Sacrifice Preview

Find out why Sacrifice is bound to be one of the most distinctive real-time strategy games of the year.

In stark contrast to all the attention Messiah received between its announcement in 1997 and its release this spring, Shiny kept Sacrifice out of the media spotlight as long as possible. But when we first saw the game at E3 in May, we were amazed that the developer could have kept such an impressive-looking game under wraps for so long. Sacrifice pairs a unique real-time strategy concept with an updated version of the technically advanced Messiah 3D engine. The dramatic landscapes, wacky creatures, and unique game design intrigued us at first sight, but our brief encounter left us wondering how it would really play. Now that the game's release is little more than a month away, we've taken the chance to explore the game more fully.

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Sacrifice combines elements of action and real-time strategy games in a very unusual setting. You play as a wizard who can summon armies of fantastic creatures and cast spells of tremendous power - all you need is the blessing of one of five competing gods and a number of willing souls. In fact, souls are an essential resource in the game. To summon new creatures for your army, you'll convert the souls of heathen opponents by sacrificing them at your god's altar. Furthermore, the definitive method of killing a wizard is to desecrate its altar with a sacrifice of one of your own creatures. The game's other resource is mana, which is required for summoning, building structures, and casting direct spells. Altars and mana fountains only emanate mana within a limited distance, so to keep your magic in constant supply you'll need to keep a few mana-channeling creatures around. Unless its altar is under attack, a wizard will be resurrected, if it can get to a good source of mana.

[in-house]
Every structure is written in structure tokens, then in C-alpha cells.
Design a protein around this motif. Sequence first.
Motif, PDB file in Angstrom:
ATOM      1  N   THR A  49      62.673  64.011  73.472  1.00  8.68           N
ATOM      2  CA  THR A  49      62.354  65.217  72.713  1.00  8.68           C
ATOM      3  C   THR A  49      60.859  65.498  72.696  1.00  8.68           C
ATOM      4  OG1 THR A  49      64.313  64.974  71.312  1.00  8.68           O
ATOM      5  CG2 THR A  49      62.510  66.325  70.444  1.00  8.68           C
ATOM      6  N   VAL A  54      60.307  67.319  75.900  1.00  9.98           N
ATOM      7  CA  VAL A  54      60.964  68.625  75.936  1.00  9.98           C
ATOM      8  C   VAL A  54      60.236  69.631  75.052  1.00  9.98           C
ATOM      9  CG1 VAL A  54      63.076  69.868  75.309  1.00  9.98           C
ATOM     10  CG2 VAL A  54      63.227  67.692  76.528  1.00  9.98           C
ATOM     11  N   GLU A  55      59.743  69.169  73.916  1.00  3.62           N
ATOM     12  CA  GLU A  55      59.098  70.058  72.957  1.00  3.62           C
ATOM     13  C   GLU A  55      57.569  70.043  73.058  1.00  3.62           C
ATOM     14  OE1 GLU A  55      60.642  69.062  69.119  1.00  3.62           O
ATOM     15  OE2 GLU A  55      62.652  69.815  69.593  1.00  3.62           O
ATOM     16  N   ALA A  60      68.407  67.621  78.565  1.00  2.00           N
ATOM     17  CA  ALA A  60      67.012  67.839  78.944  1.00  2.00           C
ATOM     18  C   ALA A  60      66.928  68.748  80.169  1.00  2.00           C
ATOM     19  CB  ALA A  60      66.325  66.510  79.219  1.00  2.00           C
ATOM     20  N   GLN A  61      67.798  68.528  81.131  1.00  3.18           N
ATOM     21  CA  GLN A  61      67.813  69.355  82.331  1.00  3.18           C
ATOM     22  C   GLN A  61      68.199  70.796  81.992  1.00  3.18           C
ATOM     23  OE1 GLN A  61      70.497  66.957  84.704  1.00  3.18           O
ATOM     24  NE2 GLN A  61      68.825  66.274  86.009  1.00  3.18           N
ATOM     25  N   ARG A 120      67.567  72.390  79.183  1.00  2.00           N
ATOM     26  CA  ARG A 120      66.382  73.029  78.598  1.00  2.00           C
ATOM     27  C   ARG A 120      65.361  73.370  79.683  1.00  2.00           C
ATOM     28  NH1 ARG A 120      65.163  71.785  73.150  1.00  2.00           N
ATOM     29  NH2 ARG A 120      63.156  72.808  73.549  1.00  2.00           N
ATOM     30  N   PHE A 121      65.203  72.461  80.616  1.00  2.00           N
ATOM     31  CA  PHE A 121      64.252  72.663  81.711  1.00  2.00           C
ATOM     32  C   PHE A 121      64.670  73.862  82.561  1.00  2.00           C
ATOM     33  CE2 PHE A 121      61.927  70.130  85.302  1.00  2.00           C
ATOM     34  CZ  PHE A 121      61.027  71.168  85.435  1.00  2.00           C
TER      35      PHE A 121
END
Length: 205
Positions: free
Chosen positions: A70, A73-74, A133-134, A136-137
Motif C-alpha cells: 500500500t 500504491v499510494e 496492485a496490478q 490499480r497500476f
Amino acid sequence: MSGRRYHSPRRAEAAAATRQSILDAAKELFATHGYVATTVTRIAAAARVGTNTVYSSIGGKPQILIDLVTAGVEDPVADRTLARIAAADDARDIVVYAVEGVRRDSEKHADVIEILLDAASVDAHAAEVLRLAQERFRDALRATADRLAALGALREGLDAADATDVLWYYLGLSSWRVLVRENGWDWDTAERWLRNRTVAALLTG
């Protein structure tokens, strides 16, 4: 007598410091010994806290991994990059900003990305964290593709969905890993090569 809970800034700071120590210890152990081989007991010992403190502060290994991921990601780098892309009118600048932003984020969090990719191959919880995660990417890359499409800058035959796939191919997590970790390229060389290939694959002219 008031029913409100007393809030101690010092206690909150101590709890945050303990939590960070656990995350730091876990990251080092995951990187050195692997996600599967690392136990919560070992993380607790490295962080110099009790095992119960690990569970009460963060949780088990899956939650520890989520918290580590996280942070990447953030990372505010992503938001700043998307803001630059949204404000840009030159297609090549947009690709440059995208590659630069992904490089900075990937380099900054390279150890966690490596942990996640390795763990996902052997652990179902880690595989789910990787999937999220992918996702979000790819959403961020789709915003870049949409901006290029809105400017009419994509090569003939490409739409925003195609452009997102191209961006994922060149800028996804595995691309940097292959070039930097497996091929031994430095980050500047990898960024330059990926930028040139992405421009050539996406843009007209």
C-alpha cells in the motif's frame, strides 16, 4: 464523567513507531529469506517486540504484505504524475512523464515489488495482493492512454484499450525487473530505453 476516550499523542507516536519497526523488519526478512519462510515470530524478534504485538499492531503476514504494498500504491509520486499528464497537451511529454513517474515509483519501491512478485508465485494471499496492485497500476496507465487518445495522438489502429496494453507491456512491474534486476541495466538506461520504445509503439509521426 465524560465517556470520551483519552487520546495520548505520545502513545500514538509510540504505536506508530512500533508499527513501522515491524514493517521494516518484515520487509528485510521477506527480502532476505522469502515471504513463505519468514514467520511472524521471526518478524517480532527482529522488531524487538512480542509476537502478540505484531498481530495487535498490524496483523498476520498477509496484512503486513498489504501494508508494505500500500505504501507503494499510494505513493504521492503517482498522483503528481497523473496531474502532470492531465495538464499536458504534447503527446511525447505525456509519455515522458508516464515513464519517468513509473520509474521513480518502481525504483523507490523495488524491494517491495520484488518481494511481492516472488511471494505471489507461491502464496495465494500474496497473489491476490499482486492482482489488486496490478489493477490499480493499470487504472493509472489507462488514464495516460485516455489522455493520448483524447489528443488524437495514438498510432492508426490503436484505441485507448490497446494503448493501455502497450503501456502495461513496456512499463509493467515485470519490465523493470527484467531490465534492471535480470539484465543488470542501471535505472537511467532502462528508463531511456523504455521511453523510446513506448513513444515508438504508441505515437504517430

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Sacrifice's gameplay borrows much from conventional real-time strategy games, yet the game's emphasis on action and one central unit is most reminiscent of Activision's first-person 3D real-time strategy game, Battlezone. The biggest difference between Sacrifice and most RTS games is that the third-person camera is locked in orbit around your wizard, which is intended to give a more personal tie between you and the wizard. You'll run around the battlefield, deploying units and launching spell attacks from this mobile perspective. Summoned creatures will form the bulk of your offensive might, and to help you control your forces, there's an intuitive contextual interface, which comes with six formations as well as escort and waypoint commands. Yet you won't want to move your units too far out of sight. With the camera fixed on your wizard, there's little indication of what's happening to units that are maneuvered via the minimap around other parts of the main map. Also, the high-level battle magic can be tremendously potent, so it's actually wise to keep your army within your wizard's protective reach. As your wizard gains experience levels from combat, you'll gain access to more powerful spells, such as one that will make a volcano erupt beneath an opposing army.